I've been in Sydney with my darling sister and her youngker the last two weeks, having abandoned Tim in Lalorland where he's kept Harriet and Bea Cat in the comfortable lapitude to which they've become accustomed.
I moved from Sydney to Melbo eight years ago, in February 2007. At the time I'd been appalled that despite Melbourne's being 900km closer to the Antarctic, its temperature that Summer was regularly 12ºC hotter than Sydney's. "At least it's not humid," people would say as north-west winds sucked at their eyeballs, and I was all like "Bah! Of course it's not humid! You've been in life-endangering drought for the last ten years. There hasn't been a cloud over this city for eighteen months." (Finally Autumn kicked in and everything was lovely, and then – some years later, after the apocalyptic fires of 2009 – the drought broke and everything was even lovelier.)
But hanging in Synny for two weeks in February, the subtropicalliest month of Sydney's calendar, has made clear to me how much I've come round to the whole Mediterranean climate thingo that Melb's got going on. Because sweat behind the knees, actual puddles gathering in the crook of my arm, really not my thing.
The rainy warm wet warm rainy not-too-warm rainy clime makes for lush green rampant life. And it also makes for rampant abundant glorious multiple-generations-in-one-season fruit fly. Which is perhaps why Sydney is not full of backyard fruit while Melbers is.
Having said that, every day on the walk to my nieceling's school, I've been helping myself to a small handful of these ladies:
The lilly-pillies of loveliness! They're a bit Granny-Smithesque in their sweetness/tartness combo, juicy and abundant and apparently fruit-fly free.
The lilly-pillies are in the Syzygium genus, part of the Myrtaceae family that includes the eucalypts, feijoas, and other fluffy-flowered indigines of the once and former Gondwanaland:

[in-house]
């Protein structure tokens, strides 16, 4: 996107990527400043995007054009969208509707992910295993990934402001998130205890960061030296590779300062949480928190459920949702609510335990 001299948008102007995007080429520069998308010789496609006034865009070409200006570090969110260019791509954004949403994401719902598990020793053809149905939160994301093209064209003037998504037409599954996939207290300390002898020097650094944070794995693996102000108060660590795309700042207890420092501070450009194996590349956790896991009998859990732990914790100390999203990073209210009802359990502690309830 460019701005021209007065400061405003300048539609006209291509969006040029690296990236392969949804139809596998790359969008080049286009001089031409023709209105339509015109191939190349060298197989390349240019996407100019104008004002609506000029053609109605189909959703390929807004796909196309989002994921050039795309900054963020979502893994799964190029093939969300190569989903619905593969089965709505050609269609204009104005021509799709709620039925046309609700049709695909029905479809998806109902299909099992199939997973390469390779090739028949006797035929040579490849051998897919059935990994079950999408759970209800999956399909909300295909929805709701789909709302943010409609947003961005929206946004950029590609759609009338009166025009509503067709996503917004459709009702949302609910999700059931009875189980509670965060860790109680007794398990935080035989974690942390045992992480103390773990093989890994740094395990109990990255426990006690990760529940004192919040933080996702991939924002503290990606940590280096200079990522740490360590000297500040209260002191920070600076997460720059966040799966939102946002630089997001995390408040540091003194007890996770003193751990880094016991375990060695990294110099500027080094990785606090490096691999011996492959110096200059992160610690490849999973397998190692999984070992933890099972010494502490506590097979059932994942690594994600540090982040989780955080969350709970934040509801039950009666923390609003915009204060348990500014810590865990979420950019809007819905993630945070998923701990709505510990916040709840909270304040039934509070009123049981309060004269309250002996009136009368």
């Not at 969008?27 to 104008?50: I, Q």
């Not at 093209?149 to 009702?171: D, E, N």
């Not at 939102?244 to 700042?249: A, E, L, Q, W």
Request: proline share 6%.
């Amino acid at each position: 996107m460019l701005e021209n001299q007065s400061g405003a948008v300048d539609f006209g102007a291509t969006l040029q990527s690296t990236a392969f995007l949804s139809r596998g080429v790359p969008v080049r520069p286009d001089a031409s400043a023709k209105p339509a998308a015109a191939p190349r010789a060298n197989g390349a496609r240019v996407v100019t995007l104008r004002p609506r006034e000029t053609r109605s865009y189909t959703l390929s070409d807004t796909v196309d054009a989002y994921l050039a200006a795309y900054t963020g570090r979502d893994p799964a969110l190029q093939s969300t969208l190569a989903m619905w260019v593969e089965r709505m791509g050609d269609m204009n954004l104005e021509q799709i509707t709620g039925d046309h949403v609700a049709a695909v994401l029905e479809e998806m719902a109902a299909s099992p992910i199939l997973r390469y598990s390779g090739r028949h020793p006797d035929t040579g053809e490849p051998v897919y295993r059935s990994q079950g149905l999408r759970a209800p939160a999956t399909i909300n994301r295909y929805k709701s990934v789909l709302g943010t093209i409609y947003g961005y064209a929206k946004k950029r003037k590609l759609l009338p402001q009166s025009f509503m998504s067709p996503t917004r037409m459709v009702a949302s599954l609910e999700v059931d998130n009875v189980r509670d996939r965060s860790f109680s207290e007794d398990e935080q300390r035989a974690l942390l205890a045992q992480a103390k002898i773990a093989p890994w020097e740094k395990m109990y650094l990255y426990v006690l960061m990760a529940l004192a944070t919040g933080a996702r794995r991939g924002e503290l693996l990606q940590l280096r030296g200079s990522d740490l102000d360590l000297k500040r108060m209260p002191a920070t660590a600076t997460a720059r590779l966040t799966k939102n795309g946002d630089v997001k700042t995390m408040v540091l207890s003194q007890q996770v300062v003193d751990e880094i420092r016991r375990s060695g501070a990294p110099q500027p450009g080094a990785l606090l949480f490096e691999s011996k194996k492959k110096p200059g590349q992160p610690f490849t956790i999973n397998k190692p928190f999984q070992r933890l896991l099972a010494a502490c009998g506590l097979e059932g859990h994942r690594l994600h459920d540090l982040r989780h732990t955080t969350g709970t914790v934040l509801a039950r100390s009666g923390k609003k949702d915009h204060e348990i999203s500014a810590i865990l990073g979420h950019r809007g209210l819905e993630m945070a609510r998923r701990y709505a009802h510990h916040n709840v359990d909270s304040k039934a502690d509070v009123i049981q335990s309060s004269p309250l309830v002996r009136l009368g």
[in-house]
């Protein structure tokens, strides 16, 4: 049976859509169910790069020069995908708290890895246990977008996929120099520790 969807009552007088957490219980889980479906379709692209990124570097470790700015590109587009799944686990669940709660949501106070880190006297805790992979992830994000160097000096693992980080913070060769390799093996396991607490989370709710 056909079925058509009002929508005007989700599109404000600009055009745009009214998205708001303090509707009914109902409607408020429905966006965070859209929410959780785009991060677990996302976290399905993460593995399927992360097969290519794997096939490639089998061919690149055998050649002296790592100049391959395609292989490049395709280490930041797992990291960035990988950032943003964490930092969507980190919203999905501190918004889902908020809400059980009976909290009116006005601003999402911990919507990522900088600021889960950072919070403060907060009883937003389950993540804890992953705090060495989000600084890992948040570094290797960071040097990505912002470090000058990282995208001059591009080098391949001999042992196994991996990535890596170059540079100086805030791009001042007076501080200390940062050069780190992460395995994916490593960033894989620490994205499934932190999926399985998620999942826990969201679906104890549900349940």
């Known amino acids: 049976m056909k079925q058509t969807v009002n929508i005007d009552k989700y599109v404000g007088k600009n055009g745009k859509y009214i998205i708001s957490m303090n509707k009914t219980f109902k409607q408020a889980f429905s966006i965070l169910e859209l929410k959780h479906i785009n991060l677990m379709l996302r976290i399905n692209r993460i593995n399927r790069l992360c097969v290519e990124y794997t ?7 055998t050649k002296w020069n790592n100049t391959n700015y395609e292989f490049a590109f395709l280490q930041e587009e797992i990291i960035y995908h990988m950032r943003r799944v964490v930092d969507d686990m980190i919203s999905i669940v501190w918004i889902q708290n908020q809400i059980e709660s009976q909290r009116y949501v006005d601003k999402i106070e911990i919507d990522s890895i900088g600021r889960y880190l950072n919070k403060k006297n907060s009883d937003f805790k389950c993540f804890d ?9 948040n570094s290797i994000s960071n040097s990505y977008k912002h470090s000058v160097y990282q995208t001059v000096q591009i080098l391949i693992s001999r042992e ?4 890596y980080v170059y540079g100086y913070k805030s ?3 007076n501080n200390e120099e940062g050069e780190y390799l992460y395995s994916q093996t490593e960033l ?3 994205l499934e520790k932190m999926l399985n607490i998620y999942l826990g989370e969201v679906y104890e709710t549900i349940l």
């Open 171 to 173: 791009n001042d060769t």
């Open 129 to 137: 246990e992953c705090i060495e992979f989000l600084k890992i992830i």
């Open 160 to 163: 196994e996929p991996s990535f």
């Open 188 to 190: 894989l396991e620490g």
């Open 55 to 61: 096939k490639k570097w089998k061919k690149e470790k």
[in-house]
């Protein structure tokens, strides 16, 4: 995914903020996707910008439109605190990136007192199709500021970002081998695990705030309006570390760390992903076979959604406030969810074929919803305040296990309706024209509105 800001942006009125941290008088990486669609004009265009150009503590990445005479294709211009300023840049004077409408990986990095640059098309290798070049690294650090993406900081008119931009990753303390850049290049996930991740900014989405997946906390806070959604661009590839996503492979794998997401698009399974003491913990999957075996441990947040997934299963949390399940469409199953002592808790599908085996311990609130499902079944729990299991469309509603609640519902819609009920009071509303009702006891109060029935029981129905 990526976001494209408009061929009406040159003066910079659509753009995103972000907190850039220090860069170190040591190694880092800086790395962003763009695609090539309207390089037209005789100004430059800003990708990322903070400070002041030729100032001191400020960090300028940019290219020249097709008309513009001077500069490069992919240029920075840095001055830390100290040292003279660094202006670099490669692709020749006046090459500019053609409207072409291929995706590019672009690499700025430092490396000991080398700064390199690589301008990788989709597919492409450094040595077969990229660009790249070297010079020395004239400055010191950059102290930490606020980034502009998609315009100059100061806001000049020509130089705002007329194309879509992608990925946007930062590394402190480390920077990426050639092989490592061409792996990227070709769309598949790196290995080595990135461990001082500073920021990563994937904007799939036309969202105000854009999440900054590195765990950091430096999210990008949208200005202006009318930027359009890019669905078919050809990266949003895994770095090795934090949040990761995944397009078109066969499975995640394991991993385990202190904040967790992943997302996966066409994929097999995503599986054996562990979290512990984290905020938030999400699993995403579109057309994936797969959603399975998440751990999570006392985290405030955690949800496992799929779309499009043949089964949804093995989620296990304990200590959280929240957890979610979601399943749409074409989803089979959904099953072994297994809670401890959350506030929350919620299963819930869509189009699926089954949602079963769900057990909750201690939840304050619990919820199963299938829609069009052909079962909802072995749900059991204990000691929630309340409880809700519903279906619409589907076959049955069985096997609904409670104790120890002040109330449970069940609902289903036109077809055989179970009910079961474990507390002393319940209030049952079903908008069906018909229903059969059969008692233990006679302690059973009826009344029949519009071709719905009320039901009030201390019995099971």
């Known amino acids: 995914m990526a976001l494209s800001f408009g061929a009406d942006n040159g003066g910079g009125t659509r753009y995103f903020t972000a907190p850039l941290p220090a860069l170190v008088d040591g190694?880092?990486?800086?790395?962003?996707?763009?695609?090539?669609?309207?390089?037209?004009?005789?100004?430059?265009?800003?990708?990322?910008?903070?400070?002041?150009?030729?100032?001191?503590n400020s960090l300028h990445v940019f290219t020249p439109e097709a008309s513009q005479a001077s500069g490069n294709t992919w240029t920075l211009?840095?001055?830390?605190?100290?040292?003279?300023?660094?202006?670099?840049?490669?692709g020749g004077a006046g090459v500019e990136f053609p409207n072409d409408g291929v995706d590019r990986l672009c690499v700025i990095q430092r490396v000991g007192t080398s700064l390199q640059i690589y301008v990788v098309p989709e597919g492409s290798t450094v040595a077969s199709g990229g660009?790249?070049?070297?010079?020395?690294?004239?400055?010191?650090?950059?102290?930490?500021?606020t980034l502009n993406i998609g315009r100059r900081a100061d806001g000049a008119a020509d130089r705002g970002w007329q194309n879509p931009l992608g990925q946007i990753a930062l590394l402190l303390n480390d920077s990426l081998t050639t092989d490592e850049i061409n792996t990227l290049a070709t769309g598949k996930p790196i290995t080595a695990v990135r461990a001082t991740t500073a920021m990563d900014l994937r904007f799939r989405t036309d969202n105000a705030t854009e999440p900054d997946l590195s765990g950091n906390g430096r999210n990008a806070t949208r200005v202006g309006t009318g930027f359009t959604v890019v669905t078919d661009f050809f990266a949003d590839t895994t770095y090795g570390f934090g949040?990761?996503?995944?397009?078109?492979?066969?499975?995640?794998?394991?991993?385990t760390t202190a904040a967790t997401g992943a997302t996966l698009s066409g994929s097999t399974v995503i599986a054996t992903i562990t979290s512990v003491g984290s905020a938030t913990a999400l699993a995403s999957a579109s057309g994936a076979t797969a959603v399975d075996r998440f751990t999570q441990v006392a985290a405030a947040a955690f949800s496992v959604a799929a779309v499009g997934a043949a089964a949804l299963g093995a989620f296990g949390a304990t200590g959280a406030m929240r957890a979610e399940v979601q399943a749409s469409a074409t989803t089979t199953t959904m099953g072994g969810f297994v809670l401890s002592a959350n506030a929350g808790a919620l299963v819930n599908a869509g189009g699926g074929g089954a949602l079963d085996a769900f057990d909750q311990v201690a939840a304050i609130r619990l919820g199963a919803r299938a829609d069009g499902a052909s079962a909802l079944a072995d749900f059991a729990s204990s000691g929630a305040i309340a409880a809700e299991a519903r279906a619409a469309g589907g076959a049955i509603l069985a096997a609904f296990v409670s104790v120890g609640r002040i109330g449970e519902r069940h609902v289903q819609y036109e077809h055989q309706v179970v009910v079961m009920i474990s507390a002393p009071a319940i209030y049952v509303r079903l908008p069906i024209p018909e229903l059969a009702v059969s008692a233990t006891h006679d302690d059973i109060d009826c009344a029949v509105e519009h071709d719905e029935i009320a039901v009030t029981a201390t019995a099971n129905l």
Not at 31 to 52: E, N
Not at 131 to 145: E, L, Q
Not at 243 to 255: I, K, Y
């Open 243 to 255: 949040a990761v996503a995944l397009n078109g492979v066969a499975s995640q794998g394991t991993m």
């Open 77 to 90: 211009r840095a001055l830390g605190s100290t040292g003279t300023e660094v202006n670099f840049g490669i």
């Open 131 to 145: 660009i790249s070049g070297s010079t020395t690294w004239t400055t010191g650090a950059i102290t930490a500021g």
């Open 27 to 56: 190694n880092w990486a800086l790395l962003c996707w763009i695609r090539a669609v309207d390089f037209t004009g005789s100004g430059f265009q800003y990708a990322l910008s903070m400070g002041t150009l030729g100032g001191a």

Much fancied by bees.
And there are these, my old friends the bunyas:
The cockatoos have been systematically dismantling the bunya cones, dropping half nibbled nuts for the brush turkeys of Turramurra to tidy up, and dropping the odd un-nibbled nut for me to gather.
Last year's Festival of Eating My Bodyweight in Bunya Nuts got old well before we'd actually eaten our bodyweights in bunya nuts. We gave bunya nuts to beekeepers and bunya nuts to people in pubs and bunya nuts to colleagues, and still we had bunya nuts. This year I've amassed no more than 12 of these little fellows, which I think may be close to the perfect quantity for a person who already lacks not the carbohydrates.
Finally, on the bounties of Sydney's wild life, check out (if you can) these teeny native stingless bees (Tetragonula carbonaria) living in a terracotta drainage pipe not two metres from the entrance to my niece's school. They're fond of the humidity and warmth, obvs., and thrive up north while they won't survive in Melbers.